An Advocate for the Marginalized
For troubled veterans and others, Kelli Canada offers a new approach.
By Anita Neal Harrison
As an undergraduate, Kelli Canada, a young woman who grew up in the exceptionally safe, best-place-to-live-in Indianapolis suburb of Fishers, accepted an internship that landed her in one of the poorest areas of Philadelphia. Her job involved work with a community-based mental health program. It was both tough and transformative.
“Some of the stories I heard there as a 20-year-old changed my life forever,” Canada says. “I remember one woman who was one of six kids. Her brothers spent a lifetime sexually abusing her. She talked to me about it, and we knit together. I knew, ‘This is what I want to do with my life.’”
One master’s degree, ten years in clinical social work and a doctorate later, Canada is now an assistant professor of social work at MU, where her research concentrates on vulnerable populations who find themselves caught up in the criminal justice system.
People with mental illnesses remain a particular concern, she says, but recently her interest has expanded to include seniors and veterans. Earlier this year, for example, she and David Albright, also an assistant professor of social work at MU, received national attention for their examination of current thinking related to veterans with legal trouble, and how social workers might help them.
“I personally have been thrilled that people are excited about this work and what we can do for veterans,” Canada says about the Journal of Forensic Social Work paper. “Barriers that prevent help-seeking, such as stigmas and lack of access to resources, may contribute to veterans being arrested. Social workers have the ability to recreate the narrative surrounding mental health and veterans in the criminal justice system and help to ensure that veterans get the assistance they need.”
Canada and Albright began work on their study after offering to evaluate Boone County’s new Veterans Treatment Court, an alternative venue that follows the model of drug and mental-health courts. Like these, veterans treatment courts are designed to give offenders facing jail or prison time the chance to complete a supervised treatment program instead. The model is still relatively new, the first one having begun less than a decade ago. Because of this, Canada says, there’s not much data guiding them.
“We know a lot more about why people with mental illness come into the criminal justice system and what they need to prevent recidivism,” she says. “But when we look at veterans — [those] who have substance abuse problems, who have mental health problems, and who have disabilities in general — we just don’t know as much about what we need to do to keep them out of the criminal justice system.”
To begin filling the research hole, Canada, Albright, and their fellow MU associate professor of social work, Clark Peters, have designed a study to explore why so many veterans find themselves caught up in the criminal justice system in the first place.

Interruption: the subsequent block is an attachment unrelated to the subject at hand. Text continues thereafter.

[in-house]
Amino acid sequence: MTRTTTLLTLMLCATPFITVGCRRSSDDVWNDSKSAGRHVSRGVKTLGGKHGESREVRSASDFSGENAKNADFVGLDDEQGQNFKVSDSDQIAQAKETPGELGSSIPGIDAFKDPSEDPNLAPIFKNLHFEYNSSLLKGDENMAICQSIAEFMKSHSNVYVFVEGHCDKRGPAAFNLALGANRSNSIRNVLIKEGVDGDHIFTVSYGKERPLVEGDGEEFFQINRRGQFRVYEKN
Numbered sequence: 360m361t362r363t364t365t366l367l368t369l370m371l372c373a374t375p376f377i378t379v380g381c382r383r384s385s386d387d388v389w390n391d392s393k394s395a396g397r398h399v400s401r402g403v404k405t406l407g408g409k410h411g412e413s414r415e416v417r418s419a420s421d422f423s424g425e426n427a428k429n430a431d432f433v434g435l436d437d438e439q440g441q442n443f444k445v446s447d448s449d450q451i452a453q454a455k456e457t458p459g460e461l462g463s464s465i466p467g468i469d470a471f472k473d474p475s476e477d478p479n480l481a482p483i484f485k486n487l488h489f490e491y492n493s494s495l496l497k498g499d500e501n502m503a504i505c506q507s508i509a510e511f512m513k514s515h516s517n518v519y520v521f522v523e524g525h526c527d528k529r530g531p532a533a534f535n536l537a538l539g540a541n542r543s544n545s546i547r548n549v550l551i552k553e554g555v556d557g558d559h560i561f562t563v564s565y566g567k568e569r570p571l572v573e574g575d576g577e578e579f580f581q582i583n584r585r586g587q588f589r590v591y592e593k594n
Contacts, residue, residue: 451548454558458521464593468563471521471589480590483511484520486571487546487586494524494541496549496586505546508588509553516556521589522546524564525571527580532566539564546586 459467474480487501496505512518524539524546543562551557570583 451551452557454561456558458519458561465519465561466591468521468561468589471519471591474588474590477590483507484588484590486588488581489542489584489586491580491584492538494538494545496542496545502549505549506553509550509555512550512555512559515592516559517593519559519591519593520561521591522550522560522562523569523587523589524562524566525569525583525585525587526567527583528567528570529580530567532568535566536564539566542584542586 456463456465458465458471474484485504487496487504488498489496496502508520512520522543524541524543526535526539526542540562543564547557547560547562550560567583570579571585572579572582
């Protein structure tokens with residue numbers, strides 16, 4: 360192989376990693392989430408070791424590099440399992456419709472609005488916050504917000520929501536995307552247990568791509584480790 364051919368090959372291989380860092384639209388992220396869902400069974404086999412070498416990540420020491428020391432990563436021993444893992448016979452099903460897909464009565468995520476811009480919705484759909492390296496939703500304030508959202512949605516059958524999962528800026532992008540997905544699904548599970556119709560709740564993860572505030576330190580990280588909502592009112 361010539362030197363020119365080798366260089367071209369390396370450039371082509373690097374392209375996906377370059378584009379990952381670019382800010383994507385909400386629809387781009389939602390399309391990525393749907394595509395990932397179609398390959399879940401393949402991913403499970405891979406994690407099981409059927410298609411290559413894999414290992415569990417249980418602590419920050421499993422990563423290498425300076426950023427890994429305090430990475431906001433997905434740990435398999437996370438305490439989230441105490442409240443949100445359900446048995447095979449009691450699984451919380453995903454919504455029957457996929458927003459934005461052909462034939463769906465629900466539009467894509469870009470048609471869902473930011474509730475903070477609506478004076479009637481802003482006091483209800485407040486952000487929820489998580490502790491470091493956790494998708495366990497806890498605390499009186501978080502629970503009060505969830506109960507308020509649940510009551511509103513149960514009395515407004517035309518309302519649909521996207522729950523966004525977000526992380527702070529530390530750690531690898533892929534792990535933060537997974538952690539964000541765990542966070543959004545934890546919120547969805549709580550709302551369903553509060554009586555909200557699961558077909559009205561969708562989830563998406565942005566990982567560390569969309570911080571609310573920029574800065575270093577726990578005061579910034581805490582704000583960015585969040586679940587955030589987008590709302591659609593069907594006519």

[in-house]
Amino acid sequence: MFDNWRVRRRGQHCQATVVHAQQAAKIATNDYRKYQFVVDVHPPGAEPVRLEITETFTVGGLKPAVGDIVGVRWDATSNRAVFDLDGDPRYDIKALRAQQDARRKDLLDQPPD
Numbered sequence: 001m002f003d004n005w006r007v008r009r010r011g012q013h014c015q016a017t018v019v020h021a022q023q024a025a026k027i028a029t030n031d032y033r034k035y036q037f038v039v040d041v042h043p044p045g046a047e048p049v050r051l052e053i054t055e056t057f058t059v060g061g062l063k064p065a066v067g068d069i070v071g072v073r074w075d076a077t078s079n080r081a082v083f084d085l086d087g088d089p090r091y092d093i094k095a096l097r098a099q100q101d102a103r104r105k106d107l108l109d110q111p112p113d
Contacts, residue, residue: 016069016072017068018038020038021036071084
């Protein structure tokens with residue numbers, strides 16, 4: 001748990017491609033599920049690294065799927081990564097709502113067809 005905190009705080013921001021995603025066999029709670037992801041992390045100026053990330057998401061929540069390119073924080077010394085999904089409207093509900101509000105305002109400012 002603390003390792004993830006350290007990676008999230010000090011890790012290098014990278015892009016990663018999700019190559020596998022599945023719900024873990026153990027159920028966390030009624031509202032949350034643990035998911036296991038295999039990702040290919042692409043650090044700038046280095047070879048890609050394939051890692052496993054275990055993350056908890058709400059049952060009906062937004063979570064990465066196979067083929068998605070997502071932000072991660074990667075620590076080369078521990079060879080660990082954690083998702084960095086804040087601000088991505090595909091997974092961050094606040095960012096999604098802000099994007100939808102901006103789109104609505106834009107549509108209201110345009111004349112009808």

For the project’s initial phase, the MU team interviewed 28 Boone County veterans who were either on probation or parole. The researchers asked the veterans about their transgressions — not just the reasons for their arrests, but also the circumstances surrounding their run-ins with the law. Using those responses, the researchers will complete a “thematic analysis” that will help them develop a standardized measure for the project’s next phase.
This second part of the study involves gathering additional survey information, this time not just from veterans in the criminal justice system, but also from non-veterans who have entered the system and veterans who have avoided legal trouble. The researchers’goal, Canada says, is to use the data they collect to develop and evaluate future interventions.
Canada didn’t start off interested in issues related to cops and courts, but they grew on her as she saw how often legal troubles were affecting her clients. “I was working with people with severe and persistent mental illnesses, and I saw them continuously going in and out of the criminal justice system,” she says.
Frustrated by her inability to do much to help, Canada felt compelled to leave her job as a social worker — one she still loved — to work for what she describes as “creating change on a larger scale.”
Although those one-on-one moments that drew her to social work as a college student are now rare, she finds motivation in knowing she’s still helping people. “I will never forget what one of my clients told me on my last day of my full-time job as a social worker,” Canada says. “He told me that as hard as it was to say goodbye, it was a joy because he knew that I would be able to make a difference not only in his future, but also for other people with mental illnesses who are treated unfairly.
“Every time I start feeling disconnected from work, I think about him and what he said that day, and it reminds me that our work can and does make a difference, particularly for those vulnerable populations of people who do not have a voice.”